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    "superfluous man " (Russian : Lishny Chelovek) : a character type whose frequent recurrence in
    19th-century Russian literature is sufficiently striking to make him a national archetype. He is
    usually an aristocrat, intelligent, well-educated, and informed by idealism and goodwill but
    incapable, for reasons as complex as Hamlet's, of engaging in effective action.
        -Encyclopaedia Britannica

In his great autobiography, Memoirs of a Superfluous Man, Albert Jay Nock meant that he was superfluous because his ideas, particularly his belief in freedom, had become so outmoded at the time he was writing--the 1940s.  But the original superfluous men were Russian nobles, who led utterly meaningless lives of leisure, while peasants worked their land, servants took care of them, and autocratic government mostly ignored them.  They were felt to be superfluous because they had so little to do and made so little contribution to Russian culture.  For the most part though, they were treated, in literature anyway, as kind of tragic heroes, as Russian Hamlets.

Thus, in Ivan Turgenev's novella, The Diary of a Superfluous Man, the young protagonist, Tchulkaturin, humiliates himself in a romantic entanglement and a resulting duel, all the while conveying the sense that there's nothing else really left for him to do with himself.  Turgenev's portrayal of this hopeless character combines tragicomedy with social criticism, but it is certainly more sympathetic than not.

As always, Turgenev is the most accessible of Russian authors; the Constance Garnett translation is very readable; and it is blessedly short.  Even if you're, understandably, intimidated by Russian novelists, you'll enjoy it.


Grade: (B+)


See also:

Ivan Turgenev (2 books reviewed)
Russian Literature
Ivan Turgenev Links:

    -WIKIPEDIA: Ivan Turgenev
    -PODCAST: Tessa Hadley on Ivan Turgenev’s First Love: In Conversation for the Windham-Campbell Prizes Podcast (Windham-Campbell Prizes Podcast , February 28, 2024, LitHub)
    -ESSAY: Why Turgenev Remains One of the Most Important Russian Writers (And Why You Should Read the Constance Garnett Translation) : Josh Billings on the Pocket Universes of a True Literary Master (Josh Billings, December 19, 2022, LitHub)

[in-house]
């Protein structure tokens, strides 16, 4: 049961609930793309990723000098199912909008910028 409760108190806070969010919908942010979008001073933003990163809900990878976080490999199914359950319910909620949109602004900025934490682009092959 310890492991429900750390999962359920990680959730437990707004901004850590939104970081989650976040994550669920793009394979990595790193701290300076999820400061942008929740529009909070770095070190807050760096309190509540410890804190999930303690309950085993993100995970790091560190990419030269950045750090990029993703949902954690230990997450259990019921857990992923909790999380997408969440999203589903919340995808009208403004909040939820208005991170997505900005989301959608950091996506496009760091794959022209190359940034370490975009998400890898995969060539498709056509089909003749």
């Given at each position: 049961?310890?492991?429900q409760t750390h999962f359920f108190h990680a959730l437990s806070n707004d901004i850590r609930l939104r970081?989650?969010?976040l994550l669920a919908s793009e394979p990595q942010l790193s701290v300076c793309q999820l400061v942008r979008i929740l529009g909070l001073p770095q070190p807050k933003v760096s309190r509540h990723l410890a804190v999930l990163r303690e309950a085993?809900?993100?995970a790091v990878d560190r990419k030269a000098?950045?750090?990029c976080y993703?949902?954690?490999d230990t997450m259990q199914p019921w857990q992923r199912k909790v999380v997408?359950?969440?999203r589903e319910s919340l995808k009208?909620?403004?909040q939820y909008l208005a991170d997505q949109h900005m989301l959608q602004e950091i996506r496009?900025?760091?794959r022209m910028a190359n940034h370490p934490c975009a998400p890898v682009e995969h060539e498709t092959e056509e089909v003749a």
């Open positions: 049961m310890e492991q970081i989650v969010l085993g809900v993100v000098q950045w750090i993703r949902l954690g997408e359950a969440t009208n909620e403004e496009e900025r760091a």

-ESSAY: Liberals, Radicals, and the Making of a Literary Masterpiece: Ivan Turgenev achieved greatness with a novel detested by almost everyone he cared about. (Keith Gessen, 9/05/22, The New Yorker)

Book-related and General Links:
    -Ivan Turgenev (kirjasto)
    -ENCYCLOPAEDIA BRITANNICA : Turgenev, Ivan Sergeyevich
    -ETEXT : Fathers and Sons by Ivan Turgenev (bartleby)
    -ETEXTS : Ivan Turgenev (
    -ETEXT : Ivan Turgenev   "Singers" from  Sketches from  a Hunter's Album  translated by Richard Freeborn
    -ETEXT : Gustave Flaubert writes letter to Ivan Turgenev  November 13, 1872
    -PROFILE : Ivan Sergeyevich Turgenev (1818-1883) (Melissa McDaniel)
    -Ivan Sergeevich Turgenev (1818-1883) (
    -Bob Bamont's Ivan Turgenev Page
    -Ivan Turgenev 1818 - 1883 (Penguin Classics)
    -Ivan Sergeevich Turgenev 1818 - 1883 (Marc Robinson)
    -ART : Vasily Perov. Portrait of the Author Ivan Turgenev. 1872.  (Olga's Gallery)
    -ART : A Portrait of Ivan Turgenev : facsimile of a wood engraving of Ivan Turgenev by Fritz Eichenberg
    -LINKS : Top: Arts: Literature: World Literature: Russian: Authors: Turgenev, Ivan (Open Directory)
    -ESSAY : Bazarov's Byronic Roots : Tracing Byron's Influence on the Creation and Development of the Nihilist Bazarov in Ivan Turgenev's Fathers and Sons (Daniel Hocutt)
    -ESSAY: IDENTITY: A Study of Ivan Turgenev's Fathers and Sons  (Frederick Corney,  Assistant Professor Department of History U of FL)
    -Shchi: A tale by Ivan Turgenev that heartbreakingly and ironically sets forth the epic economic divide between master and serf in 19th century Russia (Soup Tales)
    -Encyclopædia Britannica : superfluous man
    -ESSAY : Different Brands of Superfluity (Matt Jungers on November 05, 1999)
    -REVIEW: (Bryan's Reviews Page)
    -REVIEW: of FLAUBERT & TURGENEV. A Friendship in Letters: The Complete Correspondence. Edited and translated by Barbara Beaumont (Michiko Kakutani, NY Times)
    -REVIEW: of FIRST LOVE AND A FIRE AT SEA By Ivan Turgenev. Translated by Isaiah Berlin (John Bayley, NY Times Book Review)
    -REVIEW: of Two Lives: Reading Turgenev and My House in Umbria by William Trevor (John Banville, NY Review of Books)
     -REVIEW: of Turgenev's Letters selected, translated, and edited by A.V. Knowles (Isaiah Berlin, NY Review of Books)
     -REVIEW: of Turgenev: His Life and Times by Leonard Schapiro (Henry Gifford, NY Review of Books)
     -REVIEW: of The Gentle Barbarian: The Life and Work of Turgenev by V.S. Pritchett (Conor Cruise O'Brien, NY Review of Books)

    -superfluous man (
    -Bucknell Russian Studies Department
    -LINKS : Russian Books On-Line In English
    -ESSAY : Russian Literature (John Mooers)

    -ESSAY : The Superfluous Lenski (Rossen Djagalov on October 01, 1999)